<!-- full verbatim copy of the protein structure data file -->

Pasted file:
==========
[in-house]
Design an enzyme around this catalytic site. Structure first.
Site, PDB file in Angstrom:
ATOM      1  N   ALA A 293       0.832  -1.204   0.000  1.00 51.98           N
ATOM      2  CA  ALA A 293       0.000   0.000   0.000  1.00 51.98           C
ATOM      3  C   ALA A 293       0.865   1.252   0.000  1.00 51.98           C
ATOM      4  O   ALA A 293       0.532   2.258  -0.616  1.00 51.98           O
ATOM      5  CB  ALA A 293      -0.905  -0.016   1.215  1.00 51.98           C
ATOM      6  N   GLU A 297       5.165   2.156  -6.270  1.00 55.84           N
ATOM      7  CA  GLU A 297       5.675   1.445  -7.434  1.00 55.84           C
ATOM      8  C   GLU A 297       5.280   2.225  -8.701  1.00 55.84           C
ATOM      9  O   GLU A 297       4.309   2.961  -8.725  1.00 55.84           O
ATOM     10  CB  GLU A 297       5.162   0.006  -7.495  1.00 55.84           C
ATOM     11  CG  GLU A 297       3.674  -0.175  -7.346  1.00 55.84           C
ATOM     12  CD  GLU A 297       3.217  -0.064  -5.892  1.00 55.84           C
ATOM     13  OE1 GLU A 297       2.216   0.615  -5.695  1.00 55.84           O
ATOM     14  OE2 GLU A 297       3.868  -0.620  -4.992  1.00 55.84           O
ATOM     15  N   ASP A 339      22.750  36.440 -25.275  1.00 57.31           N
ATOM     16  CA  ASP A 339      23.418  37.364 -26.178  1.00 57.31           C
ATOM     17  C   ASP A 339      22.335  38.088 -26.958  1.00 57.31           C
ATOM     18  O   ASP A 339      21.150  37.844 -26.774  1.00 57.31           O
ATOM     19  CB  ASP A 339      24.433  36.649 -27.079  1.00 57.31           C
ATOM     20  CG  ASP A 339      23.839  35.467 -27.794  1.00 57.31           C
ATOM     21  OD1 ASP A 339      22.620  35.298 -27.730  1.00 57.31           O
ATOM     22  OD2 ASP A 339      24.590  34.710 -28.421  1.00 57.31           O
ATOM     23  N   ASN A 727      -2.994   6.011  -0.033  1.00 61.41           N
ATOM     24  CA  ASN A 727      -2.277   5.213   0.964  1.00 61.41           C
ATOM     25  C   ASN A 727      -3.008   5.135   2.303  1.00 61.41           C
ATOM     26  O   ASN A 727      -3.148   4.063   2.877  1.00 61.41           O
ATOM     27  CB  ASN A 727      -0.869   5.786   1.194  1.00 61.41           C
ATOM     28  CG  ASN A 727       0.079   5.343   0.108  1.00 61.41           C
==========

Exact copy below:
[in-house]
Design an enzyme around this catalytic site. Structure first.
Site, PDB file in Angstrom:
ATOM      1  N   ALA A 293       0.832  -1.204   0.000  1.00 51.98           N
ATOM      2  CA  ALA A 293       0.000   0.000   0.000  1.00 51.98           C
ATOM      3  C   ALA A 293       0.865   1.252   0.000  1.00 51.98           C
ATOM      4  O   ALA A 293       0.532   2.258  -0.616  1.00 51.98           O
ATOM      5  CB  ALA A 293      -0.905  -0.016   1.215  1.00 51.98           C
ATOM      6  N   GLU A 297       5.165   2.156  -6.270  1.00 55.84           N
ATOM      7  CA  GLU A 297       5.675   1.445  -7.434  1.00 55.84           C
ATOM      8  C   GLU A 297       5.280   2.225  -8.701  1.00 55.84           C
ATOM      9  O   GLU A 297       4.309   2.961  -8.725  1.00 55.84           O
ATOM     10  CB  GLU A 297       5.162   0.006  -7.495  1.00 55.84           C
ATOM     11  CG  GLU A 297       3.674  -0.175  -7.346  1.00 55.84           C
ATOM     12  CD  GLU A 297       3.217  -0.064  -5.892  1.00 55.84           C
ATOM     13  OE1 GLU A 297       2.216   0.615  -5.695  1.00 55.84           O
ATOM     14  OE2 GLU A 297       3.868  -0.620  -4.992  1.00 55.84           O
ATOM     15  N   ASP A 339      22.750  36.440 -25.275  1.00 57.31           N
ATOM     16  CA  ASP A 339      23.418  37.364 -26.178  1.00 57.31           C
ATOM     17  C   ASP A 339      22.335  38.088 -26.958  1.00 57.31           C
ATOM     18  O   ASP A 339      21.150  37.844 -26.774  1.00 57.31           O
ATOM     19  CB  ASP A 339      24.433  36.649 -27.079  1.00 57.31           C
ATOM     20  CG  ASP A 339      23.839  35.467 -27.794  1.00 57.31           C
ATOM     21  OD1 ASP A 339      22.620  35.298 -27.730  1.00 57.31           O
ATOM     22  OD2 ASP A 339      24.590  34.710 -28.421  1.00 57.31           O
ATOM     23  N   ASN A 727      -2.994   6.011  -0.033  1.00 61.41           N
ATOM     24  CA  ASN A 727      -2.277   5.213   0.964  1.00 61.41           C
ATOM     25  C   ASN A 727      -3.008   5.135   2.303  1.00 61.41           C
ATOM     26  O   ASN A 727      -3.148   4.063   2.877  1.00 61.41           O
ATOM     27  CB  ASN A 727      -0.869   5.786   1.194  1.00 61.41           C
ATOM     28  CG  ASN A 727       0.079   5.343   0.108  1.00 61.41           C